Year in preview: setting the 2006 lineup

As one year ends, we look ahead to the next, naming athletes from Olympians to high schoolers who could emerge as major forces

December 26, 2005




Last year, Bode Miller, 28, won the overall World Cup ti tle, the first American in 22 years to do that. This year, his all-or-nothing style has dropped him down in the pack on the international circuit. But no one expects that will derail the outspoken Miller from making a se rious showing in all alpine disciplines.

Tony Benshoof may do what no American man has ever done: reach the podium in luge. The 30-year-old who holds the Guinness World Record for fastest slider (86.6 mph) has finished in the top three in four World Cup events this season.

In short-track speed skating, there's Apolo Ohno and then there's everyone in his rearview mirror. Ohno, 23, won silver and gold medals in 2002, and will likely add to his total as he anchors the U.S. squad by skating three distances in Italy.

Candus Thomson




In what is generally regarded as the most promising class of rookies in LPGA Tour history, Ai Miyazato is certainly the most intriguing.

While we have watched oth ers such as Michelle Wie and Morgan Pressel grow up playing major champi onships from an early age, Miyazato has already evolved into a champion, an 11-time winner on the women's tour in Japan.

Now the 20-year-old from Okinawa is ready to take on her biggest challenge - the LPGA Tour.

With a resounding and re cord-breaking 12-stroke victory at the tour's Qual ifying School earlier this month, the 5-foot-1 Miyaza to served notice that she is more than ready to take on the other femme phenoms, such as 16-year-old Wie, 17-year-old Pressel and 18-year-old Paula Creamer, who as a rookie last sea son finished second on the money list to Hall of Famer Annika Sorenstam.

"Firstly, I want to be seeded [ranked]," Miyazato said re cently at a packed news conference at an airport in Narita, after returning from Q-school in Daytona Beach, Fla. "Then, if I have a chance, I will go out to win."

Don Markus




Sania Mirza, 19, made histo ry on the pro tennis tour this season and is expected to make more in 2006.

Mirza is 34th in the WTA Tour's year-end rankings - the highest any Indian woman has ever been ranked.

And during this season in which she beat two top 10 players, she became the first women's player from India to reach the fourth round of a Grand Slam tournament.

The last time an Indian man or woman made it that far was 1987. But as popular as she is becoming as a tennis player, she is even more popular as a symbol for In dian women.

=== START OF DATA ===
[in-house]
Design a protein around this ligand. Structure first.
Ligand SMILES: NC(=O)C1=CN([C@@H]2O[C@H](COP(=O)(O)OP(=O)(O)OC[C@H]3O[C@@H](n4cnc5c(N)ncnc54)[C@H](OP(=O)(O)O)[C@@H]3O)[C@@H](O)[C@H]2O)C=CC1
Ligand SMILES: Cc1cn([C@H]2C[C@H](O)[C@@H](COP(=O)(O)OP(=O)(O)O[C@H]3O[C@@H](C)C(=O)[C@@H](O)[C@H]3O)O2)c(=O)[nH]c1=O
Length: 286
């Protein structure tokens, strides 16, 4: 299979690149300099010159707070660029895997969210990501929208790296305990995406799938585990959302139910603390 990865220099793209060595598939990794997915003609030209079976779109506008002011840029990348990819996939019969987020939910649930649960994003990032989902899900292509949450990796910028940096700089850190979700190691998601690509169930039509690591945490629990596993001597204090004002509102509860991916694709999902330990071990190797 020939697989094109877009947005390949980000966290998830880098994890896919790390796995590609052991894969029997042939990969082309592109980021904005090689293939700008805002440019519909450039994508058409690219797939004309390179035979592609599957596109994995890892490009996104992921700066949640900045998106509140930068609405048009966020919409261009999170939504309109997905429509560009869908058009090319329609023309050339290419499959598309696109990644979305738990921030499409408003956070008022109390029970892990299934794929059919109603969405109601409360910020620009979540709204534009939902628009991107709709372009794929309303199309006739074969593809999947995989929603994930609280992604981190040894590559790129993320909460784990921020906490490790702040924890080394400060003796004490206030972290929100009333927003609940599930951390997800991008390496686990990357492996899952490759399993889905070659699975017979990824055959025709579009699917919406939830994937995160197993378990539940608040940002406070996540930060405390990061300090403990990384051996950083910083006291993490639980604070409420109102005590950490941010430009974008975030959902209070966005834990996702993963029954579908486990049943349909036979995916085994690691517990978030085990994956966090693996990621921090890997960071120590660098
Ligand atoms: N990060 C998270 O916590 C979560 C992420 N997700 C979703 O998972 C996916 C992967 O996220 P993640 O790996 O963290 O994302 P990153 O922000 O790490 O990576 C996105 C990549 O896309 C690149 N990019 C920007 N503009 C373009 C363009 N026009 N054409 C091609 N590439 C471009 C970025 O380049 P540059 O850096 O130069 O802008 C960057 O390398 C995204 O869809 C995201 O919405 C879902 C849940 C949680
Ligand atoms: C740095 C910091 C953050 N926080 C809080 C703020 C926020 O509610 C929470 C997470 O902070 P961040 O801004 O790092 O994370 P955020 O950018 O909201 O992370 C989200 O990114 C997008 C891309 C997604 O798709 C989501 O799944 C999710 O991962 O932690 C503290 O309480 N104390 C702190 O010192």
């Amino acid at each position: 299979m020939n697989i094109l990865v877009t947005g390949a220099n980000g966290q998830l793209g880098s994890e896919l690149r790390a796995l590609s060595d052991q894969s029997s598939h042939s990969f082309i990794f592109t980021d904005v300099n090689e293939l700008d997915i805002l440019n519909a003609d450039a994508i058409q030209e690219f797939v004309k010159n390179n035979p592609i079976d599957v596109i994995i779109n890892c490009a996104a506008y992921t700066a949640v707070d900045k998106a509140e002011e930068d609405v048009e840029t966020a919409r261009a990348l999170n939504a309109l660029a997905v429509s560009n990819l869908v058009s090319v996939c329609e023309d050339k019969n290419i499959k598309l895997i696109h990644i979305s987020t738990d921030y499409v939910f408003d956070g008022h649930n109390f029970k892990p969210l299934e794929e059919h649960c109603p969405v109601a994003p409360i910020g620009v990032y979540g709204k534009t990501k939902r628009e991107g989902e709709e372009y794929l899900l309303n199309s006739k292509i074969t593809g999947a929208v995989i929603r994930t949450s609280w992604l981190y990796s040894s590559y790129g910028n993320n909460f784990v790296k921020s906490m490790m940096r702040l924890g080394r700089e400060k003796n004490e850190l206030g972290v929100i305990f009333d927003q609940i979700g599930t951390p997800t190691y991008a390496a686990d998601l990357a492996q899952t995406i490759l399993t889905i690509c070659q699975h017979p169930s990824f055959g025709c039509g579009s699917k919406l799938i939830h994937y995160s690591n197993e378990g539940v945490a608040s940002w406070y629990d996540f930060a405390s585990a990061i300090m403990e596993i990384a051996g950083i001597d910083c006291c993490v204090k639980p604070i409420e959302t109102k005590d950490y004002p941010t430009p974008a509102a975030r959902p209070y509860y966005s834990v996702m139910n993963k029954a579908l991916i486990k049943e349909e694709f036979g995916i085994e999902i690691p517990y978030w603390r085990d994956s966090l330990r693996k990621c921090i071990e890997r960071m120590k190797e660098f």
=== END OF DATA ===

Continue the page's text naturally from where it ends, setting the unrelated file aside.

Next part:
Mirza has been described as a warrior princess on the court and a rock star off it.

In tennis, her forehand has been compared to Steffi Graf's.

Off court, she has become a symbol for what is possible among a new generation.

traditional beliefs.

She reads the Quran and prays five times a day. She also wears torn jeans and listens to hip-hop artist Emi nem.

"I just hope five years from now or seven years from now, we have a lot more tennis players out there - and not only one woman [from India] competing," she said.

Sandra McKee

Auto racing



Martin Truex Jr. has excelled in every auto racing series in which he has competed since age 11. So why should that change this season when he steps up to a full-time ride in the NASCAR Nextel Cup Series and runs for Rookie of the Year?

"I hope it can be a smooth transition," Truex, 25, said this month from Orlando, Fla., where he picked up the Busch Series championship trophy for the second consecutive year.

"But we've got a little to work on. The setups will be obviously different because of the different weight in the car. And the horsepower will be different."

Though Truex will be competing against a deep rookie field that includes Reed Sorenson, Denny Hamlin, Clint Bowyer and J.J. Yeley, he does have a head start.

He ran seven races for his car owner, Dale Earnhardt Inc. In those races he had one top-10 finish.

A native of New Jersey, Truex broke into NASCAR by driving in the Busch North Series for his family-owned team in 2000. In 2003, Dale Earnhardt Jr. gave him a chance in the top Busch Series with his newly formed team, Chance 2.

The next year, Truex won the title. This season, driving for DEI, he won it again.

"I don't have any expectations going into the Cup program," Truex said.

Sandra McKee




A year ago, T.J. Ford didn't know if he was ever going to play basketball again.

An All-American at Texas who was the top draft pick of the Milwaukee Bucks in 2003, Ford was seriously injured 55 games into his rookie season, suffering a bruised spinal cord that temporarily caused him to lose feeling in his limbs.

Receiving a diagnosis of spinal stenosis, a narrowing of the spinal column, Ford was told that he risked permanent paralysis if he played basketball, lifted weights or even ran again.

Through an intense rehabilitation process, he returned to the court last summer and to the NBA this season. He resumed his role as the team's starting point guard.

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